“Duluth is a bit off-center, both literally and figuratively—something most Duluthians don’t seem to mind at all. After all, this is the city whose skyway system runs partially underground, where the West End is located in the city’s geographic center, and whose annual Christmas City of the North parade is held a week before Thanksgiving. Duluth may be a little bit off-center, but part of what makes Duluth Duluth is that here, true north isn’t always where you’d expect it to be.”
— Tony Dierckins, Duluth: An Urban Biography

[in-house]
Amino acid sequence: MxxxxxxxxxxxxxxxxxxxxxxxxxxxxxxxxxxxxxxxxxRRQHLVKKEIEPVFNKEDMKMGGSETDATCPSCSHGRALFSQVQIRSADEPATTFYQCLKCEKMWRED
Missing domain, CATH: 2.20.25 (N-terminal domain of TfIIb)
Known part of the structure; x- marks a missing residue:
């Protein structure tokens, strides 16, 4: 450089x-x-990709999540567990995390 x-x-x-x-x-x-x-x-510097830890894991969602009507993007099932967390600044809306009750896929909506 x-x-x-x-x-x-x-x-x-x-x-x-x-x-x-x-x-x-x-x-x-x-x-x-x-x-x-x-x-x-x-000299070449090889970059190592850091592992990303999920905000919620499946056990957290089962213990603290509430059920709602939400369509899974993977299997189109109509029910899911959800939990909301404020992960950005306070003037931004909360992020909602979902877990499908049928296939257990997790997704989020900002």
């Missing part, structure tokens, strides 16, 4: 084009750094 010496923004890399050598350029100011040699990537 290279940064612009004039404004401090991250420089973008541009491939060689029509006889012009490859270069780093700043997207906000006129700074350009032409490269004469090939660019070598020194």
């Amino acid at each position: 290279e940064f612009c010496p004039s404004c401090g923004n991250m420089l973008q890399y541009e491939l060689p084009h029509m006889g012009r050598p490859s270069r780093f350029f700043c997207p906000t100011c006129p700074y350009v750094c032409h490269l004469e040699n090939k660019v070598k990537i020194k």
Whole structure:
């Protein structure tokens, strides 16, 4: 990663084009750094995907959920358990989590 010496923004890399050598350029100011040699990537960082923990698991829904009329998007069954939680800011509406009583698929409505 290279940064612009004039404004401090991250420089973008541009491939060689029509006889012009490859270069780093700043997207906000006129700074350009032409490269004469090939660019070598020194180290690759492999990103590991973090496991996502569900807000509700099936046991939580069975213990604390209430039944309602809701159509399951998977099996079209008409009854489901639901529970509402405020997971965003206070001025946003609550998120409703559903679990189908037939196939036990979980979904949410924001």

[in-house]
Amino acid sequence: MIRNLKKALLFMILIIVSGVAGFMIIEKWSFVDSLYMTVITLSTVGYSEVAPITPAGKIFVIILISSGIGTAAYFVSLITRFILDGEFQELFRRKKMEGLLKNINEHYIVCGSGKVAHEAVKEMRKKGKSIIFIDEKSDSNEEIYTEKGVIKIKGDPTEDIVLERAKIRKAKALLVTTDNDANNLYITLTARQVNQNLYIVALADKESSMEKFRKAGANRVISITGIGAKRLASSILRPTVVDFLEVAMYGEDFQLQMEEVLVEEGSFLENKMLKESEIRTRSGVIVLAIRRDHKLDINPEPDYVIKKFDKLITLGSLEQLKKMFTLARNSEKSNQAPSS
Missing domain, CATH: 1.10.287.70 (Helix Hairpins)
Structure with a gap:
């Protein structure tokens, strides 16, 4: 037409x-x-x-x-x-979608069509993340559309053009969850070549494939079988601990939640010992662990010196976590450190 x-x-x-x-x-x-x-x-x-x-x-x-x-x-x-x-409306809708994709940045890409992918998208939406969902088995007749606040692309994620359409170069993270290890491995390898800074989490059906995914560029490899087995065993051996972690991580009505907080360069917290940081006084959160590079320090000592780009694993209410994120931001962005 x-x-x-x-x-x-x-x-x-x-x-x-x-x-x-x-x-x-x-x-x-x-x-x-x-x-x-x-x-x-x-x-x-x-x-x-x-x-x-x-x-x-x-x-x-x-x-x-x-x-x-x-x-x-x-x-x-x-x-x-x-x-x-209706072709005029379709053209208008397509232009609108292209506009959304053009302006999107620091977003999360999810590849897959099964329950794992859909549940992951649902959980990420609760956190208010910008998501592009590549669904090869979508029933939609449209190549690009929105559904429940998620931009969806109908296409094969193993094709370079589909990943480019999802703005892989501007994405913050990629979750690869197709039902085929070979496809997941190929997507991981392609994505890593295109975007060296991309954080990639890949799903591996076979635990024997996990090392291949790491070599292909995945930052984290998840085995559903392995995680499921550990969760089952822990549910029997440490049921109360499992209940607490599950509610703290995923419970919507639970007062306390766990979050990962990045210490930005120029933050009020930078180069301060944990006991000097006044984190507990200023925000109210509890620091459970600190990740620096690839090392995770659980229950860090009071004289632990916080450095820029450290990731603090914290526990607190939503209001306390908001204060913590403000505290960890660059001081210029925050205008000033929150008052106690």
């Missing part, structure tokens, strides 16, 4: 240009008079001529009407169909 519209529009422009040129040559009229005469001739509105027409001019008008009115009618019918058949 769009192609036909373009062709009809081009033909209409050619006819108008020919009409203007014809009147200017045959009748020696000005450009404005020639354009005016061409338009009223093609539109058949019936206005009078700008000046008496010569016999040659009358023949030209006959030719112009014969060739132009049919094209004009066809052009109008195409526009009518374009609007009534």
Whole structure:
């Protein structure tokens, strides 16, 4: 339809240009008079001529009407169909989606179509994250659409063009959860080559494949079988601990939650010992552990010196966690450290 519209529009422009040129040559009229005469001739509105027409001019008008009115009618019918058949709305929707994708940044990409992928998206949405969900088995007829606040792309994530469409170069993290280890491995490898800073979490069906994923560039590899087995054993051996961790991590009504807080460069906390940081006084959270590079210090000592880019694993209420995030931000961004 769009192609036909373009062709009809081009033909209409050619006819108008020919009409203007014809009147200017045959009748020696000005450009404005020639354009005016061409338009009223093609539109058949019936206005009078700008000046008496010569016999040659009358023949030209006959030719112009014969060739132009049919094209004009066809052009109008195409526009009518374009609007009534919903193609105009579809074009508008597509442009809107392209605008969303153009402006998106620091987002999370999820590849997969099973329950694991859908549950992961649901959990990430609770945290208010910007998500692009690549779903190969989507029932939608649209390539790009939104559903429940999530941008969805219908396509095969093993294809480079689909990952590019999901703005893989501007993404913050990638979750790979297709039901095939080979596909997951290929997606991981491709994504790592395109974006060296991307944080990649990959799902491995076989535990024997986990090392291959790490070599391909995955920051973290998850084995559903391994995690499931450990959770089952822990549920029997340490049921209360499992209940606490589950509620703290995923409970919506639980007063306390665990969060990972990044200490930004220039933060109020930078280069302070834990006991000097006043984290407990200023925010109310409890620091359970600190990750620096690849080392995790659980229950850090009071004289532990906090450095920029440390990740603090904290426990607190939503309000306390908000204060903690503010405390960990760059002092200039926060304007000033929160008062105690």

Sheltering in place gives a devotee to a city even more time to learn it intimately. I read Tony Dierckins’ new biography of Duluth, which fits the bill of a pre-founding-to-present history that I pined for on my blog some while back. The biography really only left me hungry for more: it clocks in at just under 170 pages and could easily have been double that length if it were to thoroughly explore structural forces and the lives of prominent figures beyond a series of mayors and those who crossed their paths. Still, it was a welcome step beyond Tony’s previous fun vignettes and collections, most of which peter out somewhere in the middle of the 20th century. Granted, Duluth’s history becomes somewhat less romantic in that stretch; the great turn-of-the-century wealth faded, the growth stalled, and the architecture wandered away from an eclectic opulence to something much more mundane. Still, the book is a reminder that this city’s history has always been one of awkward lurches, of rises and falls, and a quest for some sort of stability in the aftermath.